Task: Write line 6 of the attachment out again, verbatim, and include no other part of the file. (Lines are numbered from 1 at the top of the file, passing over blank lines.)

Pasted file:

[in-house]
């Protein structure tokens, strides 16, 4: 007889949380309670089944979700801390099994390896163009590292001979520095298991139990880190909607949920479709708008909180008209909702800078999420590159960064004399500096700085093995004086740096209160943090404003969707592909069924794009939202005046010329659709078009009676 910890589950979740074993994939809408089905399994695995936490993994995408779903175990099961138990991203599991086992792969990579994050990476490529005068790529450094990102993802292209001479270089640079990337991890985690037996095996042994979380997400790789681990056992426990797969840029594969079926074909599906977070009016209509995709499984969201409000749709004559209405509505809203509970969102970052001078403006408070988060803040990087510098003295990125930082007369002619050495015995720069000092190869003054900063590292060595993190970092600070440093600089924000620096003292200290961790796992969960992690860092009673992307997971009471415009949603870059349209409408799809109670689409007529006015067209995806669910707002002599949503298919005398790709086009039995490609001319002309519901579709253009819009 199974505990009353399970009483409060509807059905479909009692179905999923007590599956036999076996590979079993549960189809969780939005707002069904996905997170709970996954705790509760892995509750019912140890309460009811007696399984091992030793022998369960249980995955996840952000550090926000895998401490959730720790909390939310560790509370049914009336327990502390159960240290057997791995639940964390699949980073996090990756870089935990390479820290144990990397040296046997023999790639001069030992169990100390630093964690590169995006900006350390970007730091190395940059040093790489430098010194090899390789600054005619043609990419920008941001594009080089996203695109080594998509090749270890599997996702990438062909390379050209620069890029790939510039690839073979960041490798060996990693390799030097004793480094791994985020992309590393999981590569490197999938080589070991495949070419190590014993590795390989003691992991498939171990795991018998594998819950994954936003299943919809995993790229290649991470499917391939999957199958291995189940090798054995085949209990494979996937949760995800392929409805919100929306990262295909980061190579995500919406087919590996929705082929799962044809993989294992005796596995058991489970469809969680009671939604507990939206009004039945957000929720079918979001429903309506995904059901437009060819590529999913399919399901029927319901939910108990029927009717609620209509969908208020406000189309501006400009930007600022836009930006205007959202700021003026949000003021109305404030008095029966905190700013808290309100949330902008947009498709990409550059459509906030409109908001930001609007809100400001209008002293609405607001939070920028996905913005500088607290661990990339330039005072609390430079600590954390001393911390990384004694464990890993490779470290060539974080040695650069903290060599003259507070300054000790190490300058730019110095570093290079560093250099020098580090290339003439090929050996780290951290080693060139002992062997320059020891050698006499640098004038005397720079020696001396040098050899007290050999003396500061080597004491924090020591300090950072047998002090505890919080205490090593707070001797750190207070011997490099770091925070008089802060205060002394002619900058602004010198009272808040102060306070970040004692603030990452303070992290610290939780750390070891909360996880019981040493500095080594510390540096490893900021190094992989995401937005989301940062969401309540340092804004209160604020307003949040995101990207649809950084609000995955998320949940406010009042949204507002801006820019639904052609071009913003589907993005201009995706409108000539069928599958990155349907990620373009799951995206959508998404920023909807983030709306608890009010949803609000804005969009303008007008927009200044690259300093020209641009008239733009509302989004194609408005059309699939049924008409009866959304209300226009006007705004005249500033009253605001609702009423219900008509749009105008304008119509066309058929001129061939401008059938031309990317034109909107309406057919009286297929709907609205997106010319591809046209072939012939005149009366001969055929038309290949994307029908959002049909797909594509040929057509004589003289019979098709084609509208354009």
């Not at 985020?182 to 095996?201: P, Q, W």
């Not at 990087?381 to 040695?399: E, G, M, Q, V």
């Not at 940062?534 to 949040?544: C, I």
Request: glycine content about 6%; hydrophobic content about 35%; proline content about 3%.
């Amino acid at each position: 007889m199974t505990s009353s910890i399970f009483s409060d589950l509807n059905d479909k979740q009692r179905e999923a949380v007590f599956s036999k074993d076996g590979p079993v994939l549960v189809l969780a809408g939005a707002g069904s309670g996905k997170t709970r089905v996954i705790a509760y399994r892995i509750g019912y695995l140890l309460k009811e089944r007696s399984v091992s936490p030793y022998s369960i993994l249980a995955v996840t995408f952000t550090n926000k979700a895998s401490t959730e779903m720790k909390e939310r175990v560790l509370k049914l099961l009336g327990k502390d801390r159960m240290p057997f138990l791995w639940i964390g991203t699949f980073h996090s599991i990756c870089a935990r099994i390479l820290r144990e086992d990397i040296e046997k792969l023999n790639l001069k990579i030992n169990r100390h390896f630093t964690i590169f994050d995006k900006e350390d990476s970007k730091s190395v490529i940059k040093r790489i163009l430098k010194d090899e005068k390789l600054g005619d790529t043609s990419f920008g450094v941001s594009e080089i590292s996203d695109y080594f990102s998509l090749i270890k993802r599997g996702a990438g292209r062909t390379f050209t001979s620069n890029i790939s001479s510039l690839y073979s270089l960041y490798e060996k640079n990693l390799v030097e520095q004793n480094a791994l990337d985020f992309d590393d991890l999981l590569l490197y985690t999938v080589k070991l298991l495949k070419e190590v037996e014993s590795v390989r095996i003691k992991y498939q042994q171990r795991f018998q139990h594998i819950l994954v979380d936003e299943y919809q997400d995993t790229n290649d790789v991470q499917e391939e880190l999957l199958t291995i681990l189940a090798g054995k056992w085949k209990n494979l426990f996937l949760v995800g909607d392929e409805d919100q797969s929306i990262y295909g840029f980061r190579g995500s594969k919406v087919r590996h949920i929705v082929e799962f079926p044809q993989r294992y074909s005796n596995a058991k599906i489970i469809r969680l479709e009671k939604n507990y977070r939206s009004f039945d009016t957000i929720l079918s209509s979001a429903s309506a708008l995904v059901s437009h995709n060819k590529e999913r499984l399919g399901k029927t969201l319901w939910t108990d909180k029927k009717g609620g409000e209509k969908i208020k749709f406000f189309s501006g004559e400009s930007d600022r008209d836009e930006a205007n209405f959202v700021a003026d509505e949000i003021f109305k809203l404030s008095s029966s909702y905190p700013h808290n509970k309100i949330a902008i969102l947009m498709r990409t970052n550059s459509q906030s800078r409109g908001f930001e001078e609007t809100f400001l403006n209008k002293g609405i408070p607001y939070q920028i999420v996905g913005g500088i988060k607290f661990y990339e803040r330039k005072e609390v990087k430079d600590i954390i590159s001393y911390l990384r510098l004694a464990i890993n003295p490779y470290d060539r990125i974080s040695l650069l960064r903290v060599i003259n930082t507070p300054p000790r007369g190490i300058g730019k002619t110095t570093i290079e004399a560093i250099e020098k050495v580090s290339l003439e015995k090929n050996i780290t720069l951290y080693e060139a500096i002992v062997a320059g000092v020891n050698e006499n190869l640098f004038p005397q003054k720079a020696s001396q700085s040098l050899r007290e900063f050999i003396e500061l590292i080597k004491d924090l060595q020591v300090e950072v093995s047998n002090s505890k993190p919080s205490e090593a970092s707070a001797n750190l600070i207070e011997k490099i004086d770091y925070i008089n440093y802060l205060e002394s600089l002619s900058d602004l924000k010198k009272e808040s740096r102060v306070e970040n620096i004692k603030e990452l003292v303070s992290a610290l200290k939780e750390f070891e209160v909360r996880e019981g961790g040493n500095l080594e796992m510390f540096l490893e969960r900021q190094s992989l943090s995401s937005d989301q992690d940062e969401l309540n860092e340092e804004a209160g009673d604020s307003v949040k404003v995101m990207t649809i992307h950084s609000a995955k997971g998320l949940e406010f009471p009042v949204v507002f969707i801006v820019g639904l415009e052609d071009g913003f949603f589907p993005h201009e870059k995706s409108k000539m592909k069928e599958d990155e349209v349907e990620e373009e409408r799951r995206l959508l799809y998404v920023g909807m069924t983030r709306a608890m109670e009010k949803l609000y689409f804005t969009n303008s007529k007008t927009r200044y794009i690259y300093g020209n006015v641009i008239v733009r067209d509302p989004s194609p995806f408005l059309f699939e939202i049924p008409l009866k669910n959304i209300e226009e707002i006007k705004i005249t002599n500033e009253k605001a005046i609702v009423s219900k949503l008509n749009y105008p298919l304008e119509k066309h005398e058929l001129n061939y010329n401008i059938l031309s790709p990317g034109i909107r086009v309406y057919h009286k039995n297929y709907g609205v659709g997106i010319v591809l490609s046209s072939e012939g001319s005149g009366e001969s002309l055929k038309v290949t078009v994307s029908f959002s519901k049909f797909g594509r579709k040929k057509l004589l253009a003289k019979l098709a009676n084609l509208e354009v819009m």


Request: glycine content about 6%; hydrophobic content about 35%; proline content about 3%.